Michael Gonzalez -  The team signed him as the closer before the 2010 season. He had a rough opening weekend then landed on the DL. As an Oriole, he is 1-4 in 48 games with a 5.57 ERA and the glaring number, ONE save. His contract with the Orioles is up after this season. He is not reliable, is wasting a roster spot and needs to be shipped out ASAP. They couldn’t even trade him for a bag of baseballs at this point, but will most likely keep him here until his contract expires if no one shows any interest in the washed up left handed reliever.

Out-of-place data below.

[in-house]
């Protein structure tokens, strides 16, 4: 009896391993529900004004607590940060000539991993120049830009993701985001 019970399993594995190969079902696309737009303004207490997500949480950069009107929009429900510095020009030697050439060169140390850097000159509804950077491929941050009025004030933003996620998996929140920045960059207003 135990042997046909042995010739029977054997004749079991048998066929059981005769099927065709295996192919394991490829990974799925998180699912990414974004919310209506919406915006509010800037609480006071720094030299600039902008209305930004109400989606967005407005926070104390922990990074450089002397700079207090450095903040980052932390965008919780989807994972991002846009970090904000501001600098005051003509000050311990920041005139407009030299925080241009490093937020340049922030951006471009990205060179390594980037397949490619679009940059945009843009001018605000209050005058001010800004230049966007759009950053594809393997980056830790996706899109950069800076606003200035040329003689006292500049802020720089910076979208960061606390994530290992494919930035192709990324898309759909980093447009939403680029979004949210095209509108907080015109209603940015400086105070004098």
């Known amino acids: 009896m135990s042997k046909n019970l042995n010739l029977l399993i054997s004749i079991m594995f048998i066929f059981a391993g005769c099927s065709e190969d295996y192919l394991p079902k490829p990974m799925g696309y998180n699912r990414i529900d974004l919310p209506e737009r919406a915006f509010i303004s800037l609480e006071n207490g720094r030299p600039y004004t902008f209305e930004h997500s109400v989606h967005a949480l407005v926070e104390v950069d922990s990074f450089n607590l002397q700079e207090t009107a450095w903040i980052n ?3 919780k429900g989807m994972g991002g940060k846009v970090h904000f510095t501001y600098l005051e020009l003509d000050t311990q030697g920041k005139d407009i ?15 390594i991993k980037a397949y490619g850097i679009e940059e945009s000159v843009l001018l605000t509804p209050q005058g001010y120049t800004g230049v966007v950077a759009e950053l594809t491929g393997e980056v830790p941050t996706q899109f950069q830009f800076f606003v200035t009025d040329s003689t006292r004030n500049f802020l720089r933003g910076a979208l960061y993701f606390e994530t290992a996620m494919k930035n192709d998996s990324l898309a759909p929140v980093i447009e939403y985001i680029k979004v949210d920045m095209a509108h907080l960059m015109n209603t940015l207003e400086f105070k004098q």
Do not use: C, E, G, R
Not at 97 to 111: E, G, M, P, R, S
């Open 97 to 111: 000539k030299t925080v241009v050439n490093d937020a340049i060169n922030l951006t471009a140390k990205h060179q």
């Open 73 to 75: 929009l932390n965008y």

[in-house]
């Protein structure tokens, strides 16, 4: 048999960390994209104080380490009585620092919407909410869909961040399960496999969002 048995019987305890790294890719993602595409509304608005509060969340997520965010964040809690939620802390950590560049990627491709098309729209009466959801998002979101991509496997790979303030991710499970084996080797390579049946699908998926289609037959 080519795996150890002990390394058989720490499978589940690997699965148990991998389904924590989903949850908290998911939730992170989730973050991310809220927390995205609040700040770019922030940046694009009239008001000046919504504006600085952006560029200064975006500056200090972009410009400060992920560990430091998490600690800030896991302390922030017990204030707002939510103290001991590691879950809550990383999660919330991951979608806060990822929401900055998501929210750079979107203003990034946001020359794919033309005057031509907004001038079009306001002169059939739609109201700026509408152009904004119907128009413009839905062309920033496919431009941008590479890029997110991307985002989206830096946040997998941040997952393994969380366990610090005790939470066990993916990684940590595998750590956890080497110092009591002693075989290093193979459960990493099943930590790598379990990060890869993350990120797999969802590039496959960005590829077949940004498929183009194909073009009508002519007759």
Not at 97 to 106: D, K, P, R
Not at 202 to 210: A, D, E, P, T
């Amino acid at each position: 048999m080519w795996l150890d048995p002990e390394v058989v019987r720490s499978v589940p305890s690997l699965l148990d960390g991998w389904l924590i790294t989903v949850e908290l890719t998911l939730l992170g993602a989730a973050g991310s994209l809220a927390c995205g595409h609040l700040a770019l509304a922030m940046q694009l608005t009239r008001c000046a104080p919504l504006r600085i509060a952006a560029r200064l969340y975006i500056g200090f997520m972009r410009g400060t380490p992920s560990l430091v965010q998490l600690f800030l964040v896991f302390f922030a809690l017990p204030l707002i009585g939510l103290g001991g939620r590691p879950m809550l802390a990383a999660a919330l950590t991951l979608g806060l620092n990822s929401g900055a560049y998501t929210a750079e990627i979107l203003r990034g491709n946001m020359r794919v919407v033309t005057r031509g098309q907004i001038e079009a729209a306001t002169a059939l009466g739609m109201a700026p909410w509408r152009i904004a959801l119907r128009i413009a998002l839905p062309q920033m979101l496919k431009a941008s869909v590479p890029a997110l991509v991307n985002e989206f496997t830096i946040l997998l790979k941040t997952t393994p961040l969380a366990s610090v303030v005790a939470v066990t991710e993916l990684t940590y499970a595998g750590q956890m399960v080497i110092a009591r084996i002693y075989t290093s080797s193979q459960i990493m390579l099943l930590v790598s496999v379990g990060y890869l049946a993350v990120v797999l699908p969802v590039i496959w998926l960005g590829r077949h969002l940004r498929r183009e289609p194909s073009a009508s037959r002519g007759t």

Luke Scott – He’s coming off  an Oriole MVP year when he hit 27 HR and had 72 RBI. As an Oriole he’s averaging 25 HR, 55 BB, 100 K’s and 70 RBI. So far this season he’s sitting on 6HR and 19 RBI and is on pace for 18 HR, 57 BB, 114 K’s and 57 RBI. People are waiting for him to get hot for a week or so and carry the team on his back like he did last year. With a partial tear in the labrumon his right arm, that may not happen. After 2010 I said the Orioles should trade him while he has some value. Then, the Orioles signed Vladimir Guerrero to be the full time DH, which placed Scott in a platoon mode in left field with Felix Pie and recently Nolan Reimold. Scott has been lucky enough to find his way on the field at 1st base with Derreck Lee’s trip to the DL.  I believe they have nothing to lose by trading Scott on July 31, especially if he doesn’t get into one of his “streaks.”  He’s 33 years old and eligible for salary arbitration after this season and a free agent in 2013. They might lose  a few HR’s andRBI but his potential is worth at least 2 mid-level players that might develop into something.